While the PIVOT operator can sometimes be challenging, it is quite straightforward when used for the sys.dm_exec_plan_attributes function. The name of the attribute you want goes in the IN list, and the value column is provided as the argument to any aggregate function other than COUNT in the PIVOT expression. The example shown below creates a column for the dbid attribute value.

SELECT plan_handle, pvt.dbid, pvt.sql_handle

FROM (

SELECT plan_handle, epa.attribute, epa.value

FROM sys.dm_exec_cached_plans

OUTER APPLY sys.dm_exec_plan_attributes(plan_handle) AS epa

WHERE cacheobjtype = ‘Compiled Plan’) AS ecpa

PIVOT (MAX(ecpa.value) FOR ecpa.attribute IN (“dbid”, “sql_handle”)) AS pvt

Some plan attributes, like the database id, dbid, are self-explanatory. Others, however, require special techniques. For example, SQL Server must track many session level parameters that are set when a query executes, including core ANSI standard parameters such as ARITHABORT and CONCAT_NULL_YIELDS_NULL. In my opinion, there is rarely a good reason to deviate from the standard settings, but such deviations can and do occur.

SELECT plan_handle, pvt.set_options, pvt.sql_handle

FROM (

SELECT plan_handle, epa.attribute, epa.value

FROM sys.dm_exec_cached_plans

OUTER APPLY sys.dm_exec_plan_attributes(plan_handle) AS epa

WHERE cacheobjtype = ‘Compiled Plan’) AS ecpa

PIVOT (MAX(ecpa.value) FOR ecpa.attribute IN (“set_options”, “sql_handle”)) AS pvt

The dynamic management function returns values for many SET options, but it returns them in one single numeric value. Whether an individual session parameter is ON or OFF is indicated by setting the corresponding bit in this single value to one. This is easy to test with bitwise logic. For example, the ARITHABORT corresponds to the 13th bit, i.e. 4096. For reasons known only in the rainy pacific northwest, the datatype of the set_options attribute is an sql_variant and must be cast as an integer.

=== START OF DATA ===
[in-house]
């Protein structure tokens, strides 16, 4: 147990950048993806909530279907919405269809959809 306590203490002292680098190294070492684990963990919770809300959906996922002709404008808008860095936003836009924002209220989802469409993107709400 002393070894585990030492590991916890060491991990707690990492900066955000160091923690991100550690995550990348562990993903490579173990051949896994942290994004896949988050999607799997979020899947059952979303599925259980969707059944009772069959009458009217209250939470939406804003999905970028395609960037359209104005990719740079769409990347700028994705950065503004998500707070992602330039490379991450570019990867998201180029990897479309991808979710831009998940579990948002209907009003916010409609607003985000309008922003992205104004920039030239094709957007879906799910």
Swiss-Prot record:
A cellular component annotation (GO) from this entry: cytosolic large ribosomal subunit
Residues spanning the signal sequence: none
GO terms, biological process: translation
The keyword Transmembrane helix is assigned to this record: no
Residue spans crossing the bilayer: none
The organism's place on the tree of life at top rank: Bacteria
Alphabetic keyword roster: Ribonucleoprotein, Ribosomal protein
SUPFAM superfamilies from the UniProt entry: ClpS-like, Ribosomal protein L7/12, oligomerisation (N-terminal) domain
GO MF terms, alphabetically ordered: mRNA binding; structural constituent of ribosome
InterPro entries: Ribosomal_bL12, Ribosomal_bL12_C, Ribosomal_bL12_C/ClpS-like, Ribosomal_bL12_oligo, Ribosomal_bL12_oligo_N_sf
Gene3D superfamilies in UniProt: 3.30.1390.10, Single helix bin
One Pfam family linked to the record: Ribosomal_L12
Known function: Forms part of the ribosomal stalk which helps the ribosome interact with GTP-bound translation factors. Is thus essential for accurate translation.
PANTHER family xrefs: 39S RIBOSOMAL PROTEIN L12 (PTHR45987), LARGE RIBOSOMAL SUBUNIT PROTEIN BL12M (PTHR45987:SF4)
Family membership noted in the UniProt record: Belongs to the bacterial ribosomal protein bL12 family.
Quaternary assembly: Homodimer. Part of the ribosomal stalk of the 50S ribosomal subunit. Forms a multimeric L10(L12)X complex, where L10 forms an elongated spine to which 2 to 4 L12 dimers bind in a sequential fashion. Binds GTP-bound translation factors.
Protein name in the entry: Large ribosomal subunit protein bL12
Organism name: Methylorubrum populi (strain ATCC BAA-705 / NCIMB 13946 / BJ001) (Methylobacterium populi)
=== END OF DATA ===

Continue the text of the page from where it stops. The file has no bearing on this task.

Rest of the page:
SELECT plan_handle

, pvt.set_options

, IIF(CAST(pvt.set_options AS INT) & 4096 > 0, ‘ON’,‘OFF’) AS ARITHABORT

, pvt.sql_handle

FROM (

SELECT plan_handle, epa.attribute, epa.value

FROM sys.dm_exec_cached_plans

OUTER APPLY sys.dm_exec_plan_attributes(plan_handle) AS epa

WHERE cacheobjtype = ‘Compiled Plan’) AS ecpa

PIVOT (MAX(ecpa.value) FOR ecpa.attribute IN (“set_options”, “sql_handle”)) AS pvt

Quick Review:

Below is a list of views and functions that provide information about cached plans.

sys.dm_exec_cached_plans

A view which provides the plan handle necessary for accessing other dynamic management functions

sys.dm_exec_plan_attributes

Provides details information about the attributes and execution environment for plans

sys.dm_exec_query_plan

Provides the XML plan which can be graphically viewed in the Management Studio

sys.dm_exec_query_stats

A view introduced in 2012 for many key performance stats for queries, including execution count

sys.dm_exec_sql_text

Provides the SQL text of the query plan and can be used to filter for specific queries

Conclusion

Once we have mastered some less-common query structures, execution-related dynamic management views and functions provide a convenient and informative method for examining the properties of cached query plans. The DMVs provide substantially more information than the classic compatibility views. One of the most important advantages of this technique is that it permits us to explore the plans cached for queries that we ourselves have not run in the Management Studio. Indeed, we shall use this capability to examine some of the characteristics of queries generated automatically by client programs using .NET LINQ.